Tony Wright is, um, right: the Coalition should allow themselves just a little celebration over today’s Nielsen poll. Mitch Fifield declared “all corks are staying firmly in place”, but when you’ve been on the receiving end of a hiding for so long its mere cessation is good news. At least have a beer, Mitch.

Even better than for the Coalition, the poll is good news for Australian politics. It is unhealthy for a Government to sit on such massive popularity and never use it when there are significant reforms that need to be undertaken. There may have been no direct trade-off in voters’ minds, but the poll reads like a fall from the stratosphere because of last week’s Budget and some of the less popular measures contained therein. The only disappointment is that such an innocuous reform as lifting the pension age sometime between now and the middle of the 2020s to a whopping 67 apparently aggrieves so many voters. It should go up to 70, or even 75.

Against that, I guess, you could note that the Government’s changes to the indexation of both Family Tax Benefit rates and the threshold at which means-tests cut in have so far not drawn the attention they warrant, and won’t until voters on the threshold of $150,000 start losing their handouts, which won’t be until well into next financial year.

Those are painless cuts to middle-class welfare, which don’t generate much in the next year or two but will, over the next decade, hand back billions. They don’t go far enough and still give this Government the air of one too timid to make unpopular decisions, but they can be repeated and extended elsewhere in successive budgets. It’s a coward’s way of hacking into middle-class welfare, but when the alternative is courage in the Yes, Minister sense you can see the appeal.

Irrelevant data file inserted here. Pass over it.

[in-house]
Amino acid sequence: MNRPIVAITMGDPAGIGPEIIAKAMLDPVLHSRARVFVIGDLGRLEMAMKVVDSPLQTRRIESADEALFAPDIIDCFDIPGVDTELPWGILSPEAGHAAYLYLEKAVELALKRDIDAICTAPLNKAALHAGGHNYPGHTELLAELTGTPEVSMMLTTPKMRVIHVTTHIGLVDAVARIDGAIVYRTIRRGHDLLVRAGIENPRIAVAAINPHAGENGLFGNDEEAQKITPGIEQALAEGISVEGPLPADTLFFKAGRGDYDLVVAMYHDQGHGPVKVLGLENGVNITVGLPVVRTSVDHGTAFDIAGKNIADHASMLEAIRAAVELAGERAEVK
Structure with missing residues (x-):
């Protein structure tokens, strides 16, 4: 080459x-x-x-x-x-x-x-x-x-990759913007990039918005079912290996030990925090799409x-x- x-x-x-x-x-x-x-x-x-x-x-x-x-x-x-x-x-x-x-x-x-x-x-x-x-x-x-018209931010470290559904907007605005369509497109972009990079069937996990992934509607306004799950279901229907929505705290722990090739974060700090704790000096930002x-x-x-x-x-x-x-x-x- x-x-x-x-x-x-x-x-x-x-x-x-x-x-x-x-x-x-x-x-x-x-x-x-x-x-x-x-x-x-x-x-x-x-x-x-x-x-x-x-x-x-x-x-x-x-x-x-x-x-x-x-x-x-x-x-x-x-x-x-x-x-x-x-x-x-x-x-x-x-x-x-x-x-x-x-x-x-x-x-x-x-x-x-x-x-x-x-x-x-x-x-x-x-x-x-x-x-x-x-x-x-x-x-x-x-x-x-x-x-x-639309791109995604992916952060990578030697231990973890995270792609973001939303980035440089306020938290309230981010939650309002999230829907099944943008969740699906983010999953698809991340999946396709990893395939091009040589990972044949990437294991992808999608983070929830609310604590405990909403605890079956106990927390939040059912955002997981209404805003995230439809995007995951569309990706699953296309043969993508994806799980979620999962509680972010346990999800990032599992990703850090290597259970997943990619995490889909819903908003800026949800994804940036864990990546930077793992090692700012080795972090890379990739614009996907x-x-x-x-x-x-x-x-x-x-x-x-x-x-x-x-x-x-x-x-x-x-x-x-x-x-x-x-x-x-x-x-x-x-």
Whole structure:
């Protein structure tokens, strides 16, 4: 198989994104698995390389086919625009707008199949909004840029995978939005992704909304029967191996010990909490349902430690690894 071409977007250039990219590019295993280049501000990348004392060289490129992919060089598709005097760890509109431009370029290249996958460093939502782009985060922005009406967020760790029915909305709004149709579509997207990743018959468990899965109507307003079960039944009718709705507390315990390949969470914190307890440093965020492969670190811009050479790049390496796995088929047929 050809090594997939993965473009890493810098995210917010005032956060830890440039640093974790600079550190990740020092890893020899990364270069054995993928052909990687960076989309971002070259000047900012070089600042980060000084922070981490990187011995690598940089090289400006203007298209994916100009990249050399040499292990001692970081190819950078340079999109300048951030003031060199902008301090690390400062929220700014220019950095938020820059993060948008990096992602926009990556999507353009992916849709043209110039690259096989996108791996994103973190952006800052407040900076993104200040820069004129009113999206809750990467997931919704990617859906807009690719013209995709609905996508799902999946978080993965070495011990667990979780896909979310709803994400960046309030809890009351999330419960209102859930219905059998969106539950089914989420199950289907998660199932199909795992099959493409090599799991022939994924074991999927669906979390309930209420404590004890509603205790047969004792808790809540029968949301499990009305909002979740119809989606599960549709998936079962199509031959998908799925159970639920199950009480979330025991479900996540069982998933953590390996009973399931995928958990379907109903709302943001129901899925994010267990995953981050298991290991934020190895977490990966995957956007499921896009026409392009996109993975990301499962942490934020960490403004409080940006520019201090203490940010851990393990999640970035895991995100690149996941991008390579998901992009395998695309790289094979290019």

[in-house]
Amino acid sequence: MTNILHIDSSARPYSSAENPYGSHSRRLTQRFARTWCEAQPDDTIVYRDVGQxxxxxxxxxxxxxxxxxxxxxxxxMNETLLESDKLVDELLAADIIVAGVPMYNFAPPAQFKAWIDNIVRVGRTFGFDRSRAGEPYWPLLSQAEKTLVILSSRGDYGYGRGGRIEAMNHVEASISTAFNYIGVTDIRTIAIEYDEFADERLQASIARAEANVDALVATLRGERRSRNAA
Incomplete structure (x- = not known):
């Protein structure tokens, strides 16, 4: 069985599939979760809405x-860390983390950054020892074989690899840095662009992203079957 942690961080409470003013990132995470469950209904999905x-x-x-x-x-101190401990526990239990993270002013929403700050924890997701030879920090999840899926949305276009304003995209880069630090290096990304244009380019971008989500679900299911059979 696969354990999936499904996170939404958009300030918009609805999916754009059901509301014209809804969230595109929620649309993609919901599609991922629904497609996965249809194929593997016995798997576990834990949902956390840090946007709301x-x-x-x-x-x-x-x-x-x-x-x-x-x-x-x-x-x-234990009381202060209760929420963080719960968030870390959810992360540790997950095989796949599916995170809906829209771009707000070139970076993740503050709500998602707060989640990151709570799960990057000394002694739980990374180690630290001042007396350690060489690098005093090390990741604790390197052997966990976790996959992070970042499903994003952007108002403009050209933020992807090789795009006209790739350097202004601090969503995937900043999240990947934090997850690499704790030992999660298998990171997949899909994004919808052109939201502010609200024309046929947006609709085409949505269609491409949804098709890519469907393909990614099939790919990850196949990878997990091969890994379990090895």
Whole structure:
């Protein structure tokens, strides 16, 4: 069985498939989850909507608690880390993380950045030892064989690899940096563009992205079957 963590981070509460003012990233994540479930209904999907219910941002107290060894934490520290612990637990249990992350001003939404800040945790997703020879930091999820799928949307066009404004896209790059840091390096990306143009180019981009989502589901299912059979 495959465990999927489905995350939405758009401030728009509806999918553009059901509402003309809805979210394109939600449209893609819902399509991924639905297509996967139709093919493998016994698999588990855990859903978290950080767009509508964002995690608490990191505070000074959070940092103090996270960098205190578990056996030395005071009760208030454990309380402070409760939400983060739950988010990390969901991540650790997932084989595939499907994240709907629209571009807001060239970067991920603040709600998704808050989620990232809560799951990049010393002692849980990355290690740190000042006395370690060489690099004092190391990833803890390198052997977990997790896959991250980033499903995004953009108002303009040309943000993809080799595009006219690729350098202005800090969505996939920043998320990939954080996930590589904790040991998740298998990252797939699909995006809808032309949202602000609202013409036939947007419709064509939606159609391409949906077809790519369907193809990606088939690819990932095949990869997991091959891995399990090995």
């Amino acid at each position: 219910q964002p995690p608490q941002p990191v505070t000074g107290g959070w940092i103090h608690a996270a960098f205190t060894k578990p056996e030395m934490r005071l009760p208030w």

While middle-class welfare gets all the attention, business welfare takes a decent chunk out of the budget too and this Government has shown a willingness to ramp that up, not cut it back. That’s not merely the case with high-profile industries like the automotive sector, where billions of dollars will prop up 60,000 jobs and some of the Government’s biggest union supporters (compare and contrast the pittance the textile, clothing and footwear sector received last Tuesday). For example, the Government announced last week it was spending $1.4b overhauling the Research and Development Tax Concession, even if the research in question relates to intellectual property held offshore.

The debate on the merits of this sort of assistance only breaks out when it comes uncomfortably close to outright protectionism, like the Government’s car package. There’s no focus on business welfare among prominent economists and the commentariat like there is on handouts to middle-class voters, even when the financial link between the Government and the trade unions that directly benefit from such assistance, particularly in the manufacturing sector, is self-evident. There’s a discussion to be had on just what benefits such handouts are providing to the economy, who should attract such largesse, and what should be their responsibilities in return.

That debate won’t occur in the political domain. The Coalition only ever criticises the Government for doing too little on industry assistance. But the long-term transition to a structurally-balanced budget warrants such a debate.